This has been the longest February ever. I know the calendar indicates that it is actually late May, and we have had several lovely dry days, but the cold wet weather continues to dominate. Despite the nasty conditions, spring migration has progressed nicely. Here are a couple of shots from Cooper Mountain Nature Park (sunny day) and Mount Tabor (dreary rainy day).
This American Crow was finding either food or water in the top of the stop sign post on Mt. Tabor.
Black-headed Grosbeaks returned to the Portland area in large numbers last week. This damp individual was singing in low brush on Mt. Tabor.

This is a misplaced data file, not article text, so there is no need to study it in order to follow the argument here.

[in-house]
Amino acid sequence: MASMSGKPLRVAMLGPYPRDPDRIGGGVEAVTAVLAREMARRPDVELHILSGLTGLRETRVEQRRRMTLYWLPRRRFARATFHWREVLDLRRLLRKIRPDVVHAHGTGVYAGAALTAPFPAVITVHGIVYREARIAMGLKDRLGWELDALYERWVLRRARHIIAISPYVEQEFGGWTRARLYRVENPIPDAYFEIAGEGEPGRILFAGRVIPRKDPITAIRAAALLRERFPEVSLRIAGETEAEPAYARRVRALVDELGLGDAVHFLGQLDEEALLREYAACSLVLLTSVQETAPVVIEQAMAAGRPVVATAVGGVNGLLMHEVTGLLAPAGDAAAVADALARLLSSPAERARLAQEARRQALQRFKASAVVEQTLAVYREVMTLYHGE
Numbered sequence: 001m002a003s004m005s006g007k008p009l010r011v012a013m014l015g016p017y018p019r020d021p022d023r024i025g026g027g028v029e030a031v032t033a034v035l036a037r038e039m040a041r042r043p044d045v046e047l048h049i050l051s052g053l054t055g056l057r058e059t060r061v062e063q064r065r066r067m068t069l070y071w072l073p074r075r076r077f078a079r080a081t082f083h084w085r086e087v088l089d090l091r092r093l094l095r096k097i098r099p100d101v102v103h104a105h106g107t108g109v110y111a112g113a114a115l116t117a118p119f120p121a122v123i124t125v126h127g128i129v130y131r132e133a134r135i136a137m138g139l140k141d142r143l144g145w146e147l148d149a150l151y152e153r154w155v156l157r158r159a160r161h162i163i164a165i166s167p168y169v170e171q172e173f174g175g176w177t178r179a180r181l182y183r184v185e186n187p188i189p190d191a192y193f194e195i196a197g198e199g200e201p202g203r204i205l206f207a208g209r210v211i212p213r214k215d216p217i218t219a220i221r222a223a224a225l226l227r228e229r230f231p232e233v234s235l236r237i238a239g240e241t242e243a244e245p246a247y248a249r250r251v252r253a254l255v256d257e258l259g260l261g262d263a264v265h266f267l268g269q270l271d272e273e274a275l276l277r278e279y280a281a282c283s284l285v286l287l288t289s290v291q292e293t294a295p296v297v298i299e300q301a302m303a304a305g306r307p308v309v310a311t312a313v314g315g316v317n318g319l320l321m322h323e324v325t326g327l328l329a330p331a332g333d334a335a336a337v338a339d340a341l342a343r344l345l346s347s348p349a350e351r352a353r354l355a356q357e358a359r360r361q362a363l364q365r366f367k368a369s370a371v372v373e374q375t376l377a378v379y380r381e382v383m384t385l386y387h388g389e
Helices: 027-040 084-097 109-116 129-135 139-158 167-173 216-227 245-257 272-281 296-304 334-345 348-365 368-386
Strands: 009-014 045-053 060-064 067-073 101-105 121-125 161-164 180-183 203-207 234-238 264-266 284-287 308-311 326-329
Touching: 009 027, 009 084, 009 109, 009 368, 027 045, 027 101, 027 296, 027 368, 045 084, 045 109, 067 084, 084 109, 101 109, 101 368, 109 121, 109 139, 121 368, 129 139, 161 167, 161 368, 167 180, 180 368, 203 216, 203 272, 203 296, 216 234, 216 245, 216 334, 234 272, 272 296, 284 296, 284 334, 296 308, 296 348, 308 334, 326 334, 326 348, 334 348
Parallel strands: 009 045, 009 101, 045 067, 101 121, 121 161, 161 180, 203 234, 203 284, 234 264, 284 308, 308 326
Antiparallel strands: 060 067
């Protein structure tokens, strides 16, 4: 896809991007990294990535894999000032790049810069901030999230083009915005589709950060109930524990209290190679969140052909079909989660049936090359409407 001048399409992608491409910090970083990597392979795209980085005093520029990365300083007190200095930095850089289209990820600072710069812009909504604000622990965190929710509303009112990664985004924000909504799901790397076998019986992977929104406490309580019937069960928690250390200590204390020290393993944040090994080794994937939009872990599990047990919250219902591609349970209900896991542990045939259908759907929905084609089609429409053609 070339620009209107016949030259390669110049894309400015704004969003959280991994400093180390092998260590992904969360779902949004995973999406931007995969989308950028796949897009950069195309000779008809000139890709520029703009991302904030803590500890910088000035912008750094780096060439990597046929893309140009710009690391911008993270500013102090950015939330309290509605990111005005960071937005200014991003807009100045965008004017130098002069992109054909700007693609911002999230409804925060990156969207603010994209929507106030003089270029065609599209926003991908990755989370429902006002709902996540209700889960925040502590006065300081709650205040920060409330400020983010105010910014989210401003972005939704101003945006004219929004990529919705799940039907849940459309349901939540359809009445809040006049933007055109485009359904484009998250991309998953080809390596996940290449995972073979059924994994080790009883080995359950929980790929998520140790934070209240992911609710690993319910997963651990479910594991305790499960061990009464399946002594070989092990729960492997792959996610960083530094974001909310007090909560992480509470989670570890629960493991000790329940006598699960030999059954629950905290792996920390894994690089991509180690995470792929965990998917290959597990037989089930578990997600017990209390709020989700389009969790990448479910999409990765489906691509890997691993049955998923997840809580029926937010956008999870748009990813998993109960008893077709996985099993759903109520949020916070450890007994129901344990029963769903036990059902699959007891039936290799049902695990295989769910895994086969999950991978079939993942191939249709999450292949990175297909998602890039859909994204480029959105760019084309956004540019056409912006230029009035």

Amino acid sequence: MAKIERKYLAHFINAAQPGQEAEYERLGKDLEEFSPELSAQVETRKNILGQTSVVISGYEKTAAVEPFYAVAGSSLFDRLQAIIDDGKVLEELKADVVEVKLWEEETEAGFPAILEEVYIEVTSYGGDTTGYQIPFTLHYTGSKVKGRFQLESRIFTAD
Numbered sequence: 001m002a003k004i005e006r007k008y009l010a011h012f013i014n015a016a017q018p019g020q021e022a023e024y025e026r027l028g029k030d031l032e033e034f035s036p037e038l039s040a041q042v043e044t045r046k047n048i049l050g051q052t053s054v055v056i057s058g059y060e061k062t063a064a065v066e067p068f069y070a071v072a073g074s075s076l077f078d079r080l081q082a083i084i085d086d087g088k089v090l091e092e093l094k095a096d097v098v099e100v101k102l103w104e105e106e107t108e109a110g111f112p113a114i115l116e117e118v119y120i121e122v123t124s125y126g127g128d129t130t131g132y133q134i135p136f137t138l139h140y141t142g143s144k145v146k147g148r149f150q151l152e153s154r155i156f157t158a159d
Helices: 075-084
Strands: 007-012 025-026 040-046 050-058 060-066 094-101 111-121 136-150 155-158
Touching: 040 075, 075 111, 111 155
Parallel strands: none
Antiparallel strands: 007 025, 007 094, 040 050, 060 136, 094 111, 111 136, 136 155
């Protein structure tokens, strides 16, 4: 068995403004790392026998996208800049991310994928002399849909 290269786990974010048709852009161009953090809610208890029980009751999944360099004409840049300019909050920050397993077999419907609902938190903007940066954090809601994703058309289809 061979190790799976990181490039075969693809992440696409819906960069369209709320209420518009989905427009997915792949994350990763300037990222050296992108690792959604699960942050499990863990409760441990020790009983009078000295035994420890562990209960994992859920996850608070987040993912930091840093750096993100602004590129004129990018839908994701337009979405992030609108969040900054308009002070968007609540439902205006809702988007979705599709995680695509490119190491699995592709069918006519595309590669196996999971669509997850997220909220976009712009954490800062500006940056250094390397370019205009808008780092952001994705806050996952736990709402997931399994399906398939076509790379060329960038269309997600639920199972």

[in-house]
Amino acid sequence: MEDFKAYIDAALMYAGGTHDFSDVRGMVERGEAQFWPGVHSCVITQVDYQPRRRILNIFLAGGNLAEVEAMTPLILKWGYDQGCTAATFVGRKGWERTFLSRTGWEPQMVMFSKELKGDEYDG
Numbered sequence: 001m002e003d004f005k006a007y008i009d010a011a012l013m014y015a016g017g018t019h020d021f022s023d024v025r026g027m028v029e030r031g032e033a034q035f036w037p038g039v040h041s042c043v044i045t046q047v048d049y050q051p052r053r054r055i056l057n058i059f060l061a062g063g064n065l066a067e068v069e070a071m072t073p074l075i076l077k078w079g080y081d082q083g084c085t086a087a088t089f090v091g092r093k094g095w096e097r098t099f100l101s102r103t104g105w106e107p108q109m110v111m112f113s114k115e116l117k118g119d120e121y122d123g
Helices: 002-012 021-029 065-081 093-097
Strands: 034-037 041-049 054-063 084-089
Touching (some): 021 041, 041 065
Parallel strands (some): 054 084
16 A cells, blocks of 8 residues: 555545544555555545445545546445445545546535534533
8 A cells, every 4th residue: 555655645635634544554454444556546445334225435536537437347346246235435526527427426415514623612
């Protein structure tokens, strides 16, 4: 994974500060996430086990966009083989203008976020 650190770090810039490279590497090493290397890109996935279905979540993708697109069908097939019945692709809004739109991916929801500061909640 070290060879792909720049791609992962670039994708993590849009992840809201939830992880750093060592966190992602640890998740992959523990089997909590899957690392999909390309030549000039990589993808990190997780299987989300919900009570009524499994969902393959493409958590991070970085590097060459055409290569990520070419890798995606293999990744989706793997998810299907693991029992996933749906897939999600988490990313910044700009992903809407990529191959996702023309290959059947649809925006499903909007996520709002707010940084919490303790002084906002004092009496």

Another Black-headed Grosbeak singing in the sun at Cooper Mountain, but from the top of a tall tree
An Olive-sided Flycatcher, singing in the rain. This species often hangs out at tree-top level, but this guy came down for some nice eye-level viewing.
House Finches were munching on dandelions on Mt. Tabor.
Here is a typical view of a Swainson’s Thrush, seen on Cooper Mountain during our Warbler and Flycatcher Class. This bird did not vocalize and stayed partially hidden in the brush the whole time, but we decided on the ID based on her warm buffy color, lack of dark spots on the breast, and lack of tail dipping behavior. Darker breast spotting and tail dipping would suggest Hermit Thrush.
The weather forecast calls for warm sunny weather for the next week. We will see how accurate the forecast is, and how long it takes me to complain about how hot and sunny it is.